The US remains the only nation to deploy nuclear weapons in a conflict, dropping two nuclear bombs on Japan in 1945, during World War II.
The US is a signatory to several treaties designed to limit nuclear testing. The 1963 Limited Test Ban Treaty banned participating countries from explosive atomic weapon tests in the atmosphere, outer space, or underwater, and the 1974 Threshold Test Ban Treaty banned underground nuclear weapon tests of more than 150 kilotons of explosive force.
In 1992, President George H.W. Bush signed a moratorium on underground testing of US nuclear weapons into law.
The US helped negotiate the Comprehensive Test Ban Treaty of 1996, a global ban on all nuclear testing, but the Senate rejected the treaty in 1999 and has not ratified it, along with Egypt, Iran, China, and Israel. Another three of the required signatories– India, North Korea, and Pakistan – have not signed it and continue to test nuclear weapons.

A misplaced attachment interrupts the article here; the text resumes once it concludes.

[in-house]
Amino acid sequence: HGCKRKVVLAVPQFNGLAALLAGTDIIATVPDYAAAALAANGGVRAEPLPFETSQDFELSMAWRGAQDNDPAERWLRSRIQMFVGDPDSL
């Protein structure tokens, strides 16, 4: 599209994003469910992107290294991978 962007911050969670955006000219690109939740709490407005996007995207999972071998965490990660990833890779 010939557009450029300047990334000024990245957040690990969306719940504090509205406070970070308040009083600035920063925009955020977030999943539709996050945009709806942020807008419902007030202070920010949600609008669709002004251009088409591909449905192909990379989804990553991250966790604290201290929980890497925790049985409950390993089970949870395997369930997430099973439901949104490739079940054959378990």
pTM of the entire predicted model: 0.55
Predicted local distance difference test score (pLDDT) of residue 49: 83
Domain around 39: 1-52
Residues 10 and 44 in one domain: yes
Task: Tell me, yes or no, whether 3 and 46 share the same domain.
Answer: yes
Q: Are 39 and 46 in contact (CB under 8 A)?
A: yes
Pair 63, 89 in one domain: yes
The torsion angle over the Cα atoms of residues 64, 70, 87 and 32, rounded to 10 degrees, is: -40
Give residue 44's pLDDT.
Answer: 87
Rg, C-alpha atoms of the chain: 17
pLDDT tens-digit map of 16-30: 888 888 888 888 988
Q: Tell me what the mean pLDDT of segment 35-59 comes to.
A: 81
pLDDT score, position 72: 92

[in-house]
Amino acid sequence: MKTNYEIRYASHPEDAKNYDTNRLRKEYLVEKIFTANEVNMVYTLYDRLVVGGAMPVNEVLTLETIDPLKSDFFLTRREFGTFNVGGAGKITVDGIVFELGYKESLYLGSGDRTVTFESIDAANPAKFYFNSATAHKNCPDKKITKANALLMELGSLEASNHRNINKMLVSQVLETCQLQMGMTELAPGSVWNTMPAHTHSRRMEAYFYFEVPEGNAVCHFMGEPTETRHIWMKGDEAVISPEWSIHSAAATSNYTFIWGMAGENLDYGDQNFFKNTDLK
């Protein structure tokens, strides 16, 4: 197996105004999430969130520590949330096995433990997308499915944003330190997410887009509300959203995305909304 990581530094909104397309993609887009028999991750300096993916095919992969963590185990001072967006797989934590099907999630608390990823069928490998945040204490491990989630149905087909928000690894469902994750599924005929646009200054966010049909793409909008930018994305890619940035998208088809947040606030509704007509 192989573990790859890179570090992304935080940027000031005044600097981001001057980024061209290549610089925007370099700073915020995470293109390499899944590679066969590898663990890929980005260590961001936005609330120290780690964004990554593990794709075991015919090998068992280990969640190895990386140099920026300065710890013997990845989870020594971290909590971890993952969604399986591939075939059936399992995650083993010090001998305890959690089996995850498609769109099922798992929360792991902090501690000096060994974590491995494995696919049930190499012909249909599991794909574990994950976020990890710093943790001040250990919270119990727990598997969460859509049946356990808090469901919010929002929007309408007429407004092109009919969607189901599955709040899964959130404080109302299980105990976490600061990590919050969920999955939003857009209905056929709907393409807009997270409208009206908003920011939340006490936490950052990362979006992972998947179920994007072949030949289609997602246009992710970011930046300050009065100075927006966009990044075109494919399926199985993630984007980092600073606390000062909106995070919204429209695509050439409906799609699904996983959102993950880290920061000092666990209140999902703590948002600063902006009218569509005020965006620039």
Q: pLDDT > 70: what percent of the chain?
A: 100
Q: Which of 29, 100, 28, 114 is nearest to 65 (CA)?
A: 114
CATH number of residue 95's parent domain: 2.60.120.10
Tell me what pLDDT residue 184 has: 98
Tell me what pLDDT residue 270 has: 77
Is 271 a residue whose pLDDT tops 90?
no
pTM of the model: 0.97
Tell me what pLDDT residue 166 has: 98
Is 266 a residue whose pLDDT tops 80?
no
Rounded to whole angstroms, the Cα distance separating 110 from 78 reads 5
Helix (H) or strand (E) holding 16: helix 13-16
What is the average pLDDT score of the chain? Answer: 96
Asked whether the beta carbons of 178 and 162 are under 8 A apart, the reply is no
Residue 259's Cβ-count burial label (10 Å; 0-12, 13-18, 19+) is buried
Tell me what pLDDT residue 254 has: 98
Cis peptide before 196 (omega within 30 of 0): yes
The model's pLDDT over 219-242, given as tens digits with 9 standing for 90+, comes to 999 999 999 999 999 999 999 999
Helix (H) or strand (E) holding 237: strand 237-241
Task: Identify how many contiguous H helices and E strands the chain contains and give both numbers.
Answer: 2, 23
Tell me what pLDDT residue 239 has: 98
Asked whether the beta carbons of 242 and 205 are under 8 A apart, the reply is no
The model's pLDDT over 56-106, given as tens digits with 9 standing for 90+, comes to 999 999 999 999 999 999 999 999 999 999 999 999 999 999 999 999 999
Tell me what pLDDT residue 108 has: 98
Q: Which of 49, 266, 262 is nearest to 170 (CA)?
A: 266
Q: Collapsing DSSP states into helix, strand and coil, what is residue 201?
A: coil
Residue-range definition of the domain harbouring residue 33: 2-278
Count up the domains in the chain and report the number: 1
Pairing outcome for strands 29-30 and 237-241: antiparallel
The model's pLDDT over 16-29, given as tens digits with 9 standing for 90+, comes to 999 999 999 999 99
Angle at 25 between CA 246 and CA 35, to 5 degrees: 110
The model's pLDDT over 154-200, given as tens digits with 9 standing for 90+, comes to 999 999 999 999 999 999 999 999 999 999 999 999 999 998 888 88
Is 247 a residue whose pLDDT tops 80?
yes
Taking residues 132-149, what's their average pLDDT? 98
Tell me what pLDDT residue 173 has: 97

What are the rules for nuclear weapons, and where do they come from?
The president has sole authority over the use of nuclear weapons. If the president is incapacitated, nuclear authority follows the presidential line of succession.
Congress requires each presidential administration to conduct a Nuclear Posture Review establishing US nuclear policy, strategy, capabilities, and force posture for the next five to 10 years. The first version of the review was completed in 1994. As of the Obama administration’s 2010 review, unclassified versions of the review are also made available.